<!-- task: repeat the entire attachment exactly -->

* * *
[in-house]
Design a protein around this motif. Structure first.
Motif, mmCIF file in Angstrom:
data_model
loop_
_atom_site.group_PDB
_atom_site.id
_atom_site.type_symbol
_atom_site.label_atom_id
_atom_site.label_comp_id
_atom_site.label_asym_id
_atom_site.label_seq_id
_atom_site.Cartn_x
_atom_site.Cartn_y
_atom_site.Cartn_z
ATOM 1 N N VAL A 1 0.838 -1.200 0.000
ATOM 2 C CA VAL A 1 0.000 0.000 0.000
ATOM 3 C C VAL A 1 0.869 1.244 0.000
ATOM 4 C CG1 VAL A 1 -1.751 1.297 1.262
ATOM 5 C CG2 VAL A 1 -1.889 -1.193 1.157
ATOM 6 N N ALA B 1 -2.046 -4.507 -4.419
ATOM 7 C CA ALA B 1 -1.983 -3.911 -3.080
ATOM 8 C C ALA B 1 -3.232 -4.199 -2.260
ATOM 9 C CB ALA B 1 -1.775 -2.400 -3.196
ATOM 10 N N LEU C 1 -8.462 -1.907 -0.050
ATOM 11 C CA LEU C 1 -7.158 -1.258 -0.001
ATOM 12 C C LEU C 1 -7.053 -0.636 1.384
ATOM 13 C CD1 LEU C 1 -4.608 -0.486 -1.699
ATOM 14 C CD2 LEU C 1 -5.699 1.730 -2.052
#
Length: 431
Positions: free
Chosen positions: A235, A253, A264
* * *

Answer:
[in-house]
Design a protein around this motif. Structure first.
Motif, mmCIF file in Angstrom:
data_model
loop_
_atom_site.group_PDB
_atom_site.id
_atom_site.type_symbol
_atom_site.label_atom_id
_atom_site.label_comp_id
_atom_site.label_asym_id
_atom_site.label_seq_id
_atom_site.Cartn_x
_atom_site.Cartn_y
_atom_site.Cartn_z
ATOM 1 N N VAL A 1 0.838 -1.200 0.000
ATOM 2 C CA VAL A 1 0.000 0.000 0.000
ATOM 3 C C VAL A 1 0.869 1.244 0.000
ATOM 4 C CG1 VAL A 1 -1.751 1.297 1.262
ATOM 5 C CG2 VAL A 1 -1.889 -1.193 1.157
ATOM 6 N N ALA B 1 -2.046 -4.507 -4.419
ATOM 7 C CA ALA B 1 -1.983 -3.911 -3.080
ATOM 8 C C ALA B 1 -3.232 -4.199 -2.260
ATOM 9 C CB ALA B 1 -1.775 -2.400 -3.196
ATOM 10 N N LEU C 1 -8.462 -1.907 -0.050
ATOM 11 C CA LEU C 1 -7.158 -1.258 -0.001
ATOM 12 C C LEU C 1 -7.053 -0.636 1.384
ATOM 13 C CD1 LEU C 1 -4.608 -0.486 -1.699
ATOM 14 C CD2 LEU C 1 -5.699 1.730 -2.052
#
Length: 431
Positions: free
Chosen positions: A235, A253, A264